because these prisoners wouldn't be returning to the
politicians' neighborhoods. These ex-prisoners would be
returning to the inner city Black and Latino communities.
The consequences of these harsh sentencing guidelines
and laws was more people being imprisoned in an
already overcrowded prisons, teeming with prisoners
from the War on Drugs in the 80's, became even more
overcrowded in the 90's. This rapidly expanding prison
population resulted in states being forced to construct
numerous new prisons to accommodate the expanding
prison population. In Pennsylvania alone the amount of
prisons in the state expanded from 12 in 1991 to 29 in
2003. The prison population increased from 20,000 in 1993
to over 40,000 in 2003. In order to maintain this massive
expansion, the Department of Corrections had to devote a
significant portion of its budget not to rehabilitation but to
security concerns and maintenance of prisons. State legisla-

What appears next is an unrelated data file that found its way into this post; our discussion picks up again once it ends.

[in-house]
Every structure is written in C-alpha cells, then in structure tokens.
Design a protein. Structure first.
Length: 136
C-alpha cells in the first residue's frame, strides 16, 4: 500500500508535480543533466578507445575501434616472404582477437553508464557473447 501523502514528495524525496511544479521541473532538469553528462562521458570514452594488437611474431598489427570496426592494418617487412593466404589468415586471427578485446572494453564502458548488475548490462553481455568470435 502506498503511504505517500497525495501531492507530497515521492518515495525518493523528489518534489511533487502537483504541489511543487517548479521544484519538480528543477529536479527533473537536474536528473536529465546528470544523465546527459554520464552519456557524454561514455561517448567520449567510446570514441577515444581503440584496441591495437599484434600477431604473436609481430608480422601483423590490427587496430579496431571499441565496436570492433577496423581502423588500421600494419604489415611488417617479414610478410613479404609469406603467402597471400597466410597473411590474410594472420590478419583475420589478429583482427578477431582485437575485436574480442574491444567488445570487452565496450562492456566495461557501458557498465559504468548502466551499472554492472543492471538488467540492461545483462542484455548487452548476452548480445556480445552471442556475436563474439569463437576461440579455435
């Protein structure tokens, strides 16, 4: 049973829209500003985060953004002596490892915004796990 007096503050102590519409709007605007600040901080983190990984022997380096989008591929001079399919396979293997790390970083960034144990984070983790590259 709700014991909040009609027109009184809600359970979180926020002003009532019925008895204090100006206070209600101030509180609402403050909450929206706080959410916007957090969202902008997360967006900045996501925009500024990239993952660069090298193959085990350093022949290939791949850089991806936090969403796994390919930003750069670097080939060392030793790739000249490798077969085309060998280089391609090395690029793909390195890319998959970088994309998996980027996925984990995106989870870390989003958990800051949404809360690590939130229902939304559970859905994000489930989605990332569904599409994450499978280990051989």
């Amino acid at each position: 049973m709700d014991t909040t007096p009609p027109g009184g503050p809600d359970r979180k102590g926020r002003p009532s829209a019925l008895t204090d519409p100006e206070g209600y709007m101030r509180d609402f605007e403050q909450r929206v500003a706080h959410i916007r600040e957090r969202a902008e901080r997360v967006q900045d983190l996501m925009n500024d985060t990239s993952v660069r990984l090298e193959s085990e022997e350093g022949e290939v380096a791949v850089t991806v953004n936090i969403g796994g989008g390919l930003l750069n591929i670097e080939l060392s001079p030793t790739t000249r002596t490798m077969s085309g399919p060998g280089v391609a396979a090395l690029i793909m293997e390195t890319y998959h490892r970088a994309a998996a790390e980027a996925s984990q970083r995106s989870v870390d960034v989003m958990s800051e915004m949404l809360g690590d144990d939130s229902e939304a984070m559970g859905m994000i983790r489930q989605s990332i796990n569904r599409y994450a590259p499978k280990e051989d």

tures gutted funds slated for rehabilitation to cover the hir-
ing of new guards. Today the motto of the Department of
Corrections is Care, Custody, and Control. Rehabilitation
does not even factor into the D.C.C.'s operation. Prisons
are so overcrowded only bare bones educational and voca-
tional programs are available. Due to the prevailing public
and political climate, emphasizing punishment over rehabil-
itation, it is no longer a question of does rehabilitation
work; it is a question of does rehabilitation have a promi-
nent role in American prisons. Rehabilitation has proven to
be the most effective tool in preventing prisoners from
returning to prison and, while not 100%, it has proven
more successful than other measures. Has the death penalty
prevented more murders? Texas executes more prisoners
than any other state yet Houston, Texas has the 4th highest
murder rate in the nation. Rehabilitation works, it is just
expensive and time consuming, two factors which work
against it in a society dominated by politicians who want
immediate results to gloat over and a public that is accus-
tomed to 15 minute solutions.